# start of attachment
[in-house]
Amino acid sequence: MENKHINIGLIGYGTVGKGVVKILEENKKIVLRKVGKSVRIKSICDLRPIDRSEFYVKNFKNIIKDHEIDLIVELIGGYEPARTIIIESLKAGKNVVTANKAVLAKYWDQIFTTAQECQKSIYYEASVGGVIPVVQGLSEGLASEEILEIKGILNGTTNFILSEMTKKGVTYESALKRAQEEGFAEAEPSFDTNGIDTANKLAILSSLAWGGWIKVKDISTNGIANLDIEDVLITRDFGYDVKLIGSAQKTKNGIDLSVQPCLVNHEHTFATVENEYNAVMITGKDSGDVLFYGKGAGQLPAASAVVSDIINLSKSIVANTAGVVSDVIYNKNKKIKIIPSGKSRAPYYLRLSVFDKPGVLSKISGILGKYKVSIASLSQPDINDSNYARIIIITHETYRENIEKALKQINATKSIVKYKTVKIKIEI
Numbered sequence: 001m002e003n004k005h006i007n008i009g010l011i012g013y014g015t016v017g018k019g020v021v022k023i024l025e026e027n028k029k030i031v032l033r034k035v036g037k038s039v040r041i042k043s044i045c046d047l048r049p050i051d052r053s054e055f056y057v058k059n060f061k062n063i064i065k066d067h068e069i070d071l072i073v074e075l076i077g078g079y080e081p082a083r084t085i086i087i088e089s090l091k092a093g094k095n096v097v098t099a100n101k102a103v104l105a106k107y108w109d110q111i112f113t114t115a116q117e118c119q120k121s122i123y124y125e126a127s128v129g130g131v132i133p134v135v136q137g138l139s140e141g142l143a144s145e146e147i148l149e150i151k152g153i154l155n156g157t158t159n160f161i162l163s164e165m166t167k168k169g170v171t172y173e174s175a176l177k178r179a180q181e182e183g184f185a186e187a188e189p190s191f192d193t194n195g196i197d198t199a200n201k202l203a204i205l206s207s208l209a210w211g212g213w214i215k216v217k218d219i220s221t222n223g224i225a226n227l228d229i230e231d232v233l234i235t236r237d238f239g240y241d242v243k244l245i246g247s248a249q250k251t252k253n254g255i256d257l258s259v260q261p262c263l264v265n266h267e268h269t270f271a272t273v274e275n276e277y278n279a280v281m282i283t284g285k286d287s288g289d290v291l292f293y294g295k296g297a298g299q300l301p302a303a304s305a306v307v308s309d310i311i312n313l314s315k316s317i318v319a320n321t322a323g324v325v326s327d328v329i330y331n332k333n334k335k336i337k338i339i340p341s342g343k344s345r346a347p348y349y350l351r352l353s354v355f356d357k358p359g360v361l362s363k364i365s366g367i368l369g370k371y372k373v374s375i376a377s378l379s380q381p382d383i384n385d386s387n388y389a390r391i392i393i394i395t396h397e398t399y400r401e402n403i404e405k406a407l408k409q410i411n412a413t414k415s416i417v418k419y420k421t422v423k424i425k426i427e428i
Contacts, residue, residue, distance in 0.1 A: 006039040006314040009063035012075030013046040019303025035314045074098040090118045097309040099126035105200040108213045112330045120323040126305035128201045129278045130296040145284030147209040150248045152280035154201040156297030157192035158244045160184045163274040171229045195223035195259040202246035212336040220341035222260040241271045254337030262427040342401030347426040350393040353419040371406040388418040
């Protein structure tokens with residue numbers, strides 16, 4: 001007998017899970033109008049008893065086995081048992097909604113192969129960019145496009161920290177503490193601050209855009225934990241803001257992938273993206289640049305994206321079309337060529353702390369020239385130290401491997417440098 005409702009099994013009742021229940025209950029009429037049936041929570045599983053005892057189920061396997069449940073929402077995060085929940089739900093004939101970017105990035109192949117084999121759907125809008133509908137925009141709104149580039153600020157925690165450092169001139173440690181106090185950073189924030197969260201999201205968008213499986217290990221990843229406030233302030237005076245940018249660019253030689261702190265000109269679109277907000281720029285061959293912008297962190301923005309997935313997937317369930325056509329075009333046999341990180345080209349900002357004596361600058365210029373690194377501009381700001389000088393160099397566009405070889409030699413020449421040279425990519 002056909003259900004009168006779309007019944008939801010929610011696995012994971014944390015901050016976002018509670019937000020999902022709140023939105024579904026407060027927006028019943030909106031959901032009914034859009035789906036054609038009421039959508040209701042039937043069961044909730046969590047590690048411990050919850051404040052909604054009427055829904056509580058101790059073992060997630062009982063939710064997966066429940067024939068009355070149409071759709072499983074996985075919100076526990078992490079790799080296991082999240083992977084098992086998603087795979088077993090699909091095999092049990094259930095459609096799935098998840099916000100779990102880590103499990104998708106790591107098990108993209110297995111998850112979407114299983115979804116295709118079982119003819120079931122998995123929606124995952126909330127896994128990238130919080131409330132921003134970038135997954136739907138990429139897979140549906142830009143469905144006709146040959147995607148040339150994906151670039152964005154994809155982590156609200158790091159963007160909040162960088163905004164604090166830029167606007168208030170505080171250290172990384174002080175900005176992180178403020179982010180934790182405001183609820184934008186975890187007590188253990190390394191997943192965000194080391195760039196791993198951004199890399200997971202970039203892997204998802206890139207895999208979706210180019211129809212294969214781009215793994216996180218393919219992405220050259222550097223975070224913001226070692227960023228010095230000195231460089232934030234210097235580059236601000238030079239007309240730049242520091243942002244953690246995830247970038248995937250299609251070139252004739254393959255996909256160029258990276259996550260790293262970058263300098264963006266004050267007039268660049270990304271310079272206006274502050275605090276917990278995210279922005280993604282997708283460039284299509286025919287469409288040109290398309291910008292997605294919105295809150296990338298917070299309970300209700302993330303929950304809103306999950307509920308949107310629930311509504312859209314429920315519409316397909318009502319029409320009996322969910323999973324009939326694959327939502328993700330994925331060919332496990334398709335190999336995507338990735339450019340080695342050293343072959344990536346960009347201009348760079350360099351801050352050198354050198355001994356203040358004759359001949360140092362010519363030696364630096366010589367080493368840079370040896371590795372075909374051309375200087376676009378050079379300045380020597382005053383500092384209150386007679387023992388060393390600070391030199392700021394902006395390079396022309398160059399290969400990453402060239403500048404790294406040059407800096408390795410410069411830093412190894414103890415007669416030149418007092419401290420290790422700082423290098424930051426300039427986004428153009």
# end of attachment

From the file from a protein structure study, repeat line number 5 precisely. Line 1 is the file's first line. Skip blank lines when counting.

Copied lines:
């Protein structure tokens with residue numbers, strides 16, 4: 001007998017899970033109008049008893065086995081048992097909604113192969129960019145496009161920290177503490193601050209855009225934990241803001257992938273993206289640049305994206321079309337060529353702390369020239385130290401491997417440098 005409702009099994013009742021229940025209950029009429037049936041929570045599983053005892057189920061396997069449940073929402077995060085929940089739900093004939101970017105990035109192949117084999121759907125809008133509908137925009141709104149580039153600020157925690165450092169001139173440690181106090185950073189924030197969260201999201205968008213499986217290990221990843229406030233302030237005076245940018249660019253030689261702190265000109269679109277907000281720029285061959293912008297962190301923005309997935313997937317369930325056509329075009333046999341990180345080209349900002357004596361600058365210029373690194377501009381700001389000088393160099397566009405070889409030699413020449421040279425990519 002056909003259900004009168006779309007019944008939801010929610011696995012994971014944390015901050016976002018509670019937000020999902022709140023939105024579904026407060027927006028019943030909106031959901032009914034859009035789906036054609038009421039959508040209701042039937043069961044909730046969590047590690048411990050919850051404040052909604054009427055829904056509580058101790059073992060997630062009982063939710064997966066429940067024939068009355070149409071759709072499983074996985075919100076526990078992490079790799080296991082999240083992977084098992086998603087795979088077993090699909091095999092049990094259930095459609096799935098998840099916000100779990102880590103499990104998708106790591107098990108993209110297995111998850112979407114299983115979804116295709118079982119003819120079931122998995123929606124995952126909330127896994128990238130919080131409330132921003134970038135997954136739907138990429139897979140549906142830009143469905144006709146040959147995607148040339150994906151670039152964005154994809155982590156609200158790091159963007160909040162960088163905004164604090166830029167606007168208030170505080171250290172990384174002080175900005176992180178403020179982010180934790182405001183609820184934008186975890187007590188253990190390394191997943192965000194080391195760039196791993198951004199890399200997971202970039203892997204998802206890139207895999208979706210180019211129809212294969214781009215793994216996180218393919219992405220050259222550097223975070224913001226070692227960023228010095230000195231460089232934030234210097235580059236601000238030079239007309240730049242520091243942002244953690246995830247970038248995937250299609251070139252004739254393959255996909256160029258990276259996550260790293262970058263300098264963006266004050267007039268660049270990304271310079272206006274502050275605090276917990278995210279922005280993604282997708283460039284299509286025919287469409288040109290398309291910008292997605294919105295809150296990338298917070299309970300209700302993330303929950304809103306999950307509920308949107310629930311509504312859209314429920315519409316397909318009502319029409320009996322969910323999973324009939326694959327939502328993700330994925331060919332496990334398709335190999336995507338990735339450019340080695342050293343072959344990536346960009347201009348760079350360099351801050352050198354050198355001994356203040358004759359001949360140092362010519363030696364630096366010589367080493368840079370040896371590795372075909374051309375200087376676009378050079379300045380020597382005053383500092384209150386007679387023992388060393390600070391030199392700021394902006395390079396022309398160059399290969400990453402060239403500048404790294406040059407800096408390795410410069411830093412190894414103890415007669416030149418007092419401290420290790422700082423290098424930051426300039427986004428153009």